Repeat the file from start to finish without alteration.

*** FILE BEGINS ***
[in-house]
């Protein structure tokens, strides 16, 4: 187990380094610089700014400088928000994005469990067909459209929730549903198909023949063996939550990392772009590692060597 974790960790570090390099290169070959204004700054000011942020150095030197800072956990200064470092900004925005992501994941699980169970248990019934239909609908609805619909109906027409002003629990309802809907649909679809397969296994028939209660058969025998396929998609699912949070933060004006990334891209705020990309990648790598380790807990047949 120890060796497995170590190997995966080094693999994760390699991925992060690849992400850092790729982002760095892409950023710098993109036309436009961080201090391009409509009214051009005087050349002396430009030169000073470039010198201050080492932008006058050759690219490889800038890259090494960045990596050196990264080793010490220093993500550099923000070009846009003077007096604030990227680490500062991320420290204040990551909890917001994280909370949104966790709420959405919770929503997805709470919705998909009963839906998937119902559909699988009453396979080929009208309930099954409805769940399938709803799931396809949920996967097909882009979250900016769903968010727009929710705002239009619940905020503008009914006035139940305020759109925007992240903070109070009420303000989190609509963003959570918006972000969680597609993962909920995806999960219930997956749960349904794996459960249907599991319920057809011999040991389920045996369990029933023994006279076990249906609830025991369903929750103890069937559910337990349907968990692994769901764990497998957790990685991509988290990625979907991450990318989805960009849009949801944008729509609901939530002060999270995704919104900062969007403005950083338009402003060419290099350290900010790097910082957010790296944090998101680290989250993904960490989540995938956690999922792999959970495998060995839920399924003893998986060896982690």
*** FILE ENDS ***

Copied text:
[in-house]
């Protein structure tokens, strides 16, 4: 187990380094610089700014400088928000994005469990067909459209929730549903198909023949063996939550990392772009590692060597 974790960790570090390099290169070959204004700054000011942020150095030197800072956990200064470092900004925005992501994941699980169970248990019934239909609908609805619909109906027409002003629990309802809907649909679809397969296994028939209660058969025998396929998609699912949070933060004006990334891209705020990309990648790598380790807990047949 120890060796497995170590190997995966080094693999994760390699991925992060690849992400850092790729982002760095892409950023710098993109036309436009961080201090391009409509009214051009005087050349002396430009030169000073470039010198201050080492932008006058050759690219490889800038890259090494960045990596050196990264080793010490220093993500550099923000070009846009003077007096604030990227680490500062991320420290204040990551909890917001994280909370949104966790709420959405919770929503997805709470919705998909009963839906998937119902559909699988009453396979080929009208309930099954409805769940399938709803799931396809949920996967097909882009979250900016769903968010727009929710705002239009619940905020503008009914006035139940305020759109925007992240903070109070009420303000989190609509963003959570918006972000969680597609993962909920995806999960219930997956749960349904794996459960249907599991319920057809011999040991389920045996369990029933023994006279076990249906609830025991369903929750103890069937559910337990349907968990692994769901764990497998957790990685991509988290990625979907991450990318989805960009849009949801944008729509609901939530002060999270995704919104900062969007403005950083338009402003060419290099350290900010790097910082957010790296944090998101680290989250993904960490989540995938956690999922792999959970495998060995839920399924003893998986060896982690």